Willie Wagtail migration

To: Lloyd Nielsen <>
Subject: Willie Wagtail migration
From: David Clark <>
Date: Mon, 15 Jun 2015 08:46:06 +0000
Willie Wagtails were one of the few bird species seen constantly during my 
recent drive along the Canning Stock Route.  In fact, they and Magpie-Larks are 
probably the most commonly encountered species.



Sent from my iPhone

> On 15 Jun 2015, at 7:27, Lloyd Nielsen <> wrote:
> Hi Martin, Marie, Greg and everyone,
> Just a bit more on the Willie Wagtail migration. A few years ago, I was 
> around the Longreach, Winton, Boulia area, Bedourie area for a few weeks in 
> late June. Willie Wagtails were everywhere, all out in very open areas. I 
> camped for a few days on a long waterhole just south of Bedourie. There had 
> been rain and the depressions between the sandhills had water in them. Around 
> one stretch of water several hundred metres long where I was camping, I 
> counted (standing on the one spot) over 70 Wagtails. They were living about 
> the lignum, scattered shrubbery and open water and were avoiding the 
> timber/coolibahs that lined the waterhole. I was back there in late September 
> and there wasn't a Wagtail to be seen.
> Coming home from one trip, travelling between Winton and Hughenden in late 
> June, Wagtails were sitting on the bitumen every 150 metres or so - probably 
> because it was warm. The country is pretty well treeless - just a few odd 
> small Acacia-like bushes here and there. From Hughenden I travelled north to 
> The Lynd which is mostly mixed woodland. This is a stretch  260 km long. 
> Willie Wagatils were pretty well absent. Without looking at my notes, I 
> counted about a dozen Wagtails over the whole distance.
> On the Darling Downs when I lived there, they would spend the whole winter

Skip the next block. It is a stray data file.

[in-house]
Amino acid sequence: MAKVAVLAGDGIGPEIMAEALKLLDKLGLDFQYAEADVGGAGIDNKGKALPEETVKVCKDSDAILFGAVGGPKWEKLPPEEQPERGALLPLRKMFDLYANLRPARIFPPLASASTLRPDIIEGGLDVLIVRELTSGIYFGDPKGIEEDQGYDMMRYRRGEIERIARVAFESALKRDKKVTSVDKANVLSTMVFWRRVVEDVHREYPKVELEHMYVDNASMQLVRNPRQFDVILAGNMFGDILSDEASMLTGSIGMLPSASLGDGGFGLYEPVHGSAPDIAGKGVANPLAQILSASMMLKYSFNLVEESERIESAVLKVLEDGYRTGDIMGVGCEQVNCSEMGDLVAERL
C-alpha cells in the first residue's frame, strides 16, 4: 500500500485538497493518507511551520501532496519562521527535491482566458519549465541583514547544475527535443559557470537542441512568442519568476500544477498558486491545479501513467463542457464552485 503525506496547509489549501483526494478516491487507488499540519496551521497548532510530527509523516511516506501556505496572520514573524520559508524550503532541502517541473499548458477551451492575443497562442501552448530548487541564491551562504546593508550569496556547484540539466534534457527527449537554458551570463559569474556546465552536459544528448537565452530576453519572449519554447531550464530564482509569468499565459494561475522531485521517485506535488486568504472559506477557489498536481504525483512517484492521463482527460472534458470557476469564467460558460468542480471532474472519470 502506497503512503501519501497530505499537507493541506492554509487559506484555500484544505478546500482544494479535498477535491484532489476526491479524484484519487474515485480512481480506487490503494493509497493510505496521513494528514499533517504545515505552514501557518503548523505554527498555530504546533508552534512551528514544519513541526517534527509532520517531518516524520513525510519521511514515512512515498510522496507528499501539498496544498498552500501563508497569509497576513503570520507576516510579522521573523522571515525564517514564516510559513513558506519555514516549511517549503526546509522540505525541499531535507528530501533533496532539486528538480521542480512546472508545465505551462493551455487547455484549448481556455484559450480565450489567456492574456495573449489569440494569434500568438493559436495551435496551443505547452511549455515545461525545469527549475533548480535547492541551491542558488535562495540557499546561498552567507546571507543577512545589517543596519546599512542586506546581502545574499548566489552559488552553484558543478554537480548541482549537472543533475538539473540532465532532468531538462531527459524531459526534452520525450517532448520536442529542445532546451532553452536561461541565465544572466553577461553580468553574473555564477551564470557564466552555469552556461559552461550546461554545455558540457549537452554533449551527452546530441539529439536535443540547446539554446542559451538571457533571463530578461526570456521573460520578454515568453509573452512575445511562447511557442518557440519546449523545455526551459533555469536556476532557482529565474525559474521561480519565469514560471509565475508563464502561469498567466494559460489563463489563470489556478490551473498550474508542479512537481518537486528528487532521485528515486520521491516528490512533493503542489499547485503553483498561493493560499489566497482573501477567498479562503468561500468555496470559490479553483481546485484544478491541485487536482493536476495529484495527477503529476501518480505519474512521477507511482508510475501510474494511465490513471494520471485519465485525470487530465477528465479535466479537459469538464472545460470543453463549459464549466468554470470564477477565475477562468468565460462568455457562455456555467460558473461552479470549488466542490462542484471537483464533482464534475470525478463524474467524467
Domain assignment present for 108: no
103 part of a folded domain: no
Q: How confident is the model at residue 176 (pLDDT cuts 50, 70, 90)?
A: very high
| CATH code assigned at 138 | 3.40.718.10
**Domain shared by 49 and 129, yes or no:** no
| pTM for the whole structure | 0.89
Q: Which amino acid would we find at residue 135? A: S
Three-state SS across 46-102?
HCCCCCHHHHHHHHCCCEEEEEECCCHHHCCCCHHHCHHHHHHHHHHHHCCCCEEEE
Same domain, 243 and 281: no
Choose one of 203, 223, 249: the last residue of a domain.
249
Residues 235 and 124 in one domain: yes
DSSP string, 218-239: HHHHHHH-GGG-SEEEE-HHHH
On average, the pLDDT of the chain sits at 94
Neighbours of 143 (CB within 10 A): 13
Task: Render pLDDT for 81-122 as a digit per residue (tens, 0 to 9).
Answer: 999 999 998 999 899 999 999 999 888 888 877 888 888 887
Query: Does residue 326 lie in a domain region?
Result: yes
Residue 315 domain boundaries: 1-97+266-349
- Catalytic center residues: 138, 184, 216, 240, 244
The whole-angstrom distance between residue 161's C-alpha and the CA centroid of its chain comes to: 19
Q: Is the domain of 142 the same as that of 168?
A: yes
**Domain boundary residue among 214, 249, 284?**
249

> less than a metre above ground in the sorghum stubble while ever it was still 
> standing and not ploughed in.
> I agree with Greg in that it has to be a latitudinal migration. Overall it is 
> not a small movement - it is huge and involves many many thousands of birds! 
> There is no doubt that the open farming lands and inland grassy plains of 
> Queensland is a major wintering area of the Willie Wagtail. They do not seem 
> to reach the Wet Tropics or Cape York Peninsula.
> On that note, it would be interesting to know what the situation is this year 
> with extreme drought through much of that area.
> Lloyd Nielsen,
> Mt Molloy, Nth Qld
> <HR>
> <BR> Birding-Aus mailing list
> <BR> 
> <BR> To change settings or unsubscribe visit:
> <BR>
> </HR>

<BR> Birding-Aus mailing list
<BR> To change settings or unsubscribe visit:

<Prev in Thread] Current Thread [Next in Thread>

The University of NSW School of Computer and Engineering takes no responsibility for the contents of this archive. It is purely a compilation of material sent by many people to the birding-aus mailing list. It has not been checked for accuracy nor its content verified in any way. If you wish to get material removed from the archive or have other queries about the archive e-mail Andrew Taylor at this address: andrewt@cse.unsw.EDU.AU